Question. Let p : E → B be a fibration, let b be a point in B, and let F be the fibre of p over b. Suppose E is path-connected. When is F path-connected?
Answer. Choose any point e in F and consider the long exact sequence of homotopy groups induced by p. Exactness of
π1(E, e) → π1(B, b) → π0(F, e) → π0(E, e)
implies F is path-connected if and only if the homomorphism π1(E, e) → π1(B, b) is surjective, e.g. when B is simply connected.
As far as answers go, this one is quite neat. But it leaves something to be desired: after all, a geometric question deserves a geometric answer. So let’s unfold the proof to see what’s going on “under the hood” (so to speak).
Choose a point e′ in F. Since E is path-connected, there is a path α from e′ to e. Then p ∘ α is a loop in B based at b. Suppose π1(E, e) → π1(B, b) is surjective, i.e. each loop in B based at b is path-homotopic to the image of some loop in E based at e. By replacing α if necessary, we may assume p ∘ α is path-homotopic to the trivial loop at b. Since p is a fibration, the homotopy lifting property implies α is homotopic to a path in F from e′ to e. Since e′ is arbitrary, this shows that F is path-connected.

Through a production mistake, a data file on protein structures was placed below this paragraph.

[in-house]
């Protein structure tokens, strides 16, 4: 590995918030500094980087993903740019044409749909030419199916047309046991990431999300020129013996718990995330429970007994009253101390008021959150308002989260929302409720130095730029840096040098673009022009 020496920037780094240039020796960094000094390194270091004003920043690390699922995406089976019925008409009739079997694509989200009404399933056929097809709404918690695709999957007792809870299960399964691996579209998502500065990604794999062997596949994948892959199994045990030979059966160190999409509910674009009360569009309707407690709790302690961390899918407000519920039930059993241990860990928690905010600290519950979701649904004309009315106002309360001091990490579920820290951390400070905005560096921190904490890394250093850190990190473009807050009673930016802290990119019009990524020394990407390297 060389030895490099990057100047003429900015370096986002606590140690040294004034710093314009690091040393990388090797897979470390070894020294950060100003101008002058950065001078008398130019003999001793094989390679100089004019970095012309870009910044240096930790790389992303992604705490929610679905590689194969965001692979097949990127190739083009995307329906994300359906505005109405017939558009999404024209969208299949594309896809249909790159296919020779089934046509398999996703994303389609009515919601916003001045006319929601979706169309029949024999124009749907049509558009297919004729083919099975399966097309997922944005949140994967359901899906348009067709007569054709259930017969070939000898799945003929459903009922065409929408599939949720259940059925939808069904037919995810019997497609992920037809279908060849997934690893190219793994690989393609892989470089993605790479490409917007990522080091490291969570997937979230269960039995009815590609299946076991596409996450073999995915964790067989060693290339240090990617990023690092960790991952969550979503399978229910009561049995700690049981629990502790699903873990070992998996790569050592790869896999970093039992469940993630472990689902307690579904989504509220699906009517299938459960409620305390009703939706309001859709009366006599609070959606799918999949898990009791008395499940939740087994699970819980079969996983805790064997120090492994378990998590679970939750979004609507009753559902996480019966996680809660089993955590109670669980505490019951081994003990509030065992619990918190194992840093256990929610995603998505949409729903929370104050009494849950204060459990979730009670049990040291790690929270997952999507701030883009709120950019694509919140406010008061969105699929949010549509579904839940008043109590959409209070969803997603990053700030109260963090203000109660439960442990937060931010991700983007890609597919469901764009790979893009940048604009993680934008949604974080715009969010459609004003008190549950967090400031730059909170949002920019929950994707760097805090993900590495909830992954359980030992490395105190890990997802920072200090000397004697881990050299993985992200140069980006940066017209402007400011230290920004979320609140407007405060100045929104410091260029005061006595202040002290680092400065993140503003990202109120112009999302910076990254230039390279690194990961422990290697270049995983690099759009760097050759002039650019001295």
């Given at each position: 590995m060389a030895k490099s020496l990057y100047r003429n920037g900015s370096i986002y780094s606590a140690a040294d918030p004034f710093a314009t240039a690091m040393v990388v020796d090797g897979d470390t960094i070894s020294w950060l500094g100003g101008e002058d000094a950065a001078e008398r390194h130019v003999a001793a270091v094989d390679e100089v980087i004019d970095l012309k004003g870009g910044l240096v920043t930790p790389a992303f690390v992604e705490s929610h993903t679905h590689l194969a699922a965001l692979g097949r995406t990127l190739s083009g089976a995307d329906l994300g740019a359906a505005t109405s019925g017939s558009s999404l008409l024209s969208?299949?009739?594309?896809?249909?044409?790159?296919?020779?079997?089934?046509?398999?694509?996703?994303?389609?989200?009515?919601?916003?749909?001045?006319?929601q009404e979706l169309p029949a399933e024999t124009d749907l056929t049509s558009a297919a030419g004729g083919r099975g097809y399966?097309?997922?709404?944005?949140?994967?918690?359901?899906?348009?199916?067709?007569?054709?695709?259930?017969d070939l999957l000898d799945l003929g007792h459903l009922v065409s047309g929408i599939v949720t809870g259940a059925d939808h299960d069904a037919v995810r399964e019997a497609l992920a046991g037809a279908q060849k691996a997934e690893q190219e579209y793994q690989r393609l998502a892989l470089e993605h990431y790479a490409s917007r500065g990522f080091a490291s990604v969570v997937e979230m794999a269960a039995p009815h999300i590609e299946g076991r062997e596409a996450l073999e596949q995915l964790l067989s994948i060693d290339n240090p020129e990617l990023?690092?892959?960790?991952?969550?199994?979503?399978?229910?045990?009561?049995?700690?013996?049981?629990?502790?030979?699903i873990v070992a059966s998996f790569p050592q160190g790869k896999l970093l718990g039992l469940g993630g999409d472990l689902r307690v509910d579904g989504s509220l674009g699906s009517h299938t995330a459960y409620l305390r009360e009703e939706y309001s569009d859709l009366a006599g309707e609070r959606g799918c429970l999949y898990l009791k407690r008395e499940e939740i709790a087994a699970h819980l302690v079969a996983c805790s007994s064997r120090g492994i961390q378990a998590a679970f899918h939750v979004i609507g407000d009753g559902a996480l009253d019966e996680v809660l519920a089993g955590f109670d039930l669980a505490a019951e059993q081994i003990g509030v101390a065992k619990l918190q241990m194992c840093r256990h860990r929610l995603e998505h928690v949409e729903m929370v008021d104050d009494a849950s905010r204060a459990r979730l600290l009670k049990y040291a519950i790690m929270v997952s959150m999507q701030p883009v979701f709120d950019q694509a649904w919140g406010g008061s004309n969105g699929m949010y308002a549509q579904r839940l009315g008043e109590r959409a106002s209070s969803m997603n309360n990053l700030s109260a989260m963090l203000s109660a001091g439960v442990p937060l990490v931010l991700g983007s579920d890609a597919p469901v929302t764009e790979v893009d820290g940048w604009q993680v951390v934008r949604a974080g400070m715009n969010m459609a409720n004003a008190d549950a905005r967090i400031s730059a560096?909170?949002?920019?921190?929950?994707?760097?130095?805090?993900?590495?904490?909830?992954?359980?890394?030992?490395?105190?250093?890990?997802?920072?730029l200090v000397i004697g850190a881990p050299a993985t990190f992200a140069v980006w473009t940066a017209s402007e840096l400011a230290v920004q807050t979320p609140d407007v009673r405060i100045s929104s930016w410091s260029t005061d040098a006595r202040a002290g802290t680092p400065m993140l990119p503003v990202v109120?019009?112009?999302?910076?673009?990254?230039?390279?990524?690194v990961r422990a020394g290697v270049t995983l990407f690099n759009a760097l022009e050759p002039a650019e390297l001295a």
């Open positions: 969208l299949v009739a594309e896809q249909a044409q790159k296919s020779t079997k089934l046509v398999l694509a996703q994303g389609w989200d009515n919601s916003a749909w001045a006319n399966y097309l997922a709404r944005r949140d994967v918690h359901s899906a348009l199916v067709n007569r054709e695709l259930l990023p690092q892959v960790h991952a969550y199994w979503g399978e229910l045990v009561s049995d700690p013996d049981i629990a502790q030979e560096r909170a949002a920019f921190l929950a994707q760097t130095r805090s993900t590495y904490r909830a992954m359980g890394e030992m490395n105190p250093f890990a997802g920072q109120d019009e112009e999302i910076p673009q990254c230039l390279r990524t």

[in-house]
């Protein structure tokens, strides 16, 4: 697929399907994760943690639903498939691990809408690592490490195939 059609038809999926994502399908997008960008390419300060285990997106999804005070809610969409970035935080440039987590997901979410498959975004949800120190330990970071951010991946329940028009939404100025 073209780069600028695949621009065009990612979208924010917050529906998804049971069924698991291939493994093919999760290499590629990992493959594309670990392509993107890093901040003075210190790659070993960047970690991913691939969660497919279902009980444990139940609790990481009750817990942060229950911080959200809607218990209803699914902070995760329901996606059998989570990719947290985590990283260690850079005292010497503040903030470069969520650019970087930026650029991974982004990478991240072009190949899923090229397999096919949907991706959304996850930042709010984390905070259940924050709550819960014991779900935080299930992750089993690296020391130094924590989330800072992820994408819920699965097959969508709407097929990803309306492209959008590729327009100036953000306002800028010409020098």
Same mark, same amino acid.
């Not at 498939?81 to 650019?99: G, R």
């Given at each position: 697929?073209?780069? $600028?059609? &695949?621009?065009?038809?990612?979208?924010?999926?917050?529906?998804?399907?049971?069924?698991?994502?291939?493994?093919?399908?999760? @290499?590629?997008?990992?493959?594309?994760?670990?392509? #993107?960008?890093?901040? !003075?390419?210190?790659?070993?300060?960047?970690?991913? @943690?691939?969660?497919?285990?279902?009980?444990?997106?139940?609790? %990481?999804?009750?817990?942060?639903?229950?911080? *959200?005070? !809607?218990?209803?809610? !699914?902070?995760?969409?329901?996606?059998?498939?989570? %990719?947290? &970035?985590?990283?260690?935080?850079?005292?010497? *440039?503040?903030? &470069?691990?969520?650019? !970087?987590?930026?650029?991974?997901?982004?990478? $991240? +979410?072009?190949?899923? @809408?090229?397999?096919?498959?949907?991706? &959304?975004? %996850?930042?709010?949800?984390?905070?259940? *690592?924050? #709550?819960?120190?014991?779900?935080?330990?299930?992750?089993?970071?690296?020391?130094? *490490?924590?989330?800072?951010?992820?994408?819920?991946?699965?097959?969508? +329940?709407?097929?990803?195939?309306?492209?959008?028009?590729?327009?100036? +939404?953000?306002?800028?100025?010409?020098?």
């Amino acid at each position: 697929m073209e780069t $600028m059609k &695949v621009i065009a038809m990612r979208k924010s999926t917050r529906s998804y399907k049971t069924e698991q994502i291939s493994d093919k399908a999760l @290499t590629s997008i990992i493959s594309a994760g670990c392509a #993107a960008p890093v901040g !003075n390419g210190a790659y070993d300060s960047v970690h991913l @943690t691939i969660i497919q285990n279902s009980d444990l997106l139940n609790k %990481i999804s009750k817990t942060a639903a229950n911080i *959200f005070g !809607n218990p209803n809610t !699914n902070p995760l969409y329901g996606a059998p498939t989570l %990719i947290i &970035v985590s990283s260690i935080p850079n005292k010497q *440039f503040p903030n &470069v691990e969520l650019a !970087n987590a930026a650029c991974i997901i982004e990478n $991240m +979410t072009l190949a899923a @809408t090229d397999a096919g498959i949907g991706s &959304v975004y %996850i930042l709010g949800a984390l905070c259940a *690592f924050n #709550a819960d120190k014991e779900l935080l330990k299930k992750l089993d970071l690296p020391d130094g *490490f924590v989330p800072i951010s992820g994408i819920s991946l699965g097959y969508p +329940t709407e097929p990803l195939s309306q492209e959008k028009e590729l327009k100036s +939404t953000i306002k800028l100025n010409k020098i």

Conversely, suppose F is path-connected. Let γ be a loop in B based at b. By the homotopy lifting property, there is a path α in E from e′ to e such that p ∘ α is path-homotopic to γ. Since F is path-connected, there is also a path β in F from e to e′, so the composite path αβ is a loop in E based at e. By definition, p ∘ β is the trivial loop based at b, so p ∘ αβ is path-homotopic to γ. Since γ is arbitrary, this shows that π1(E, e) → π1(B, b) is surjective.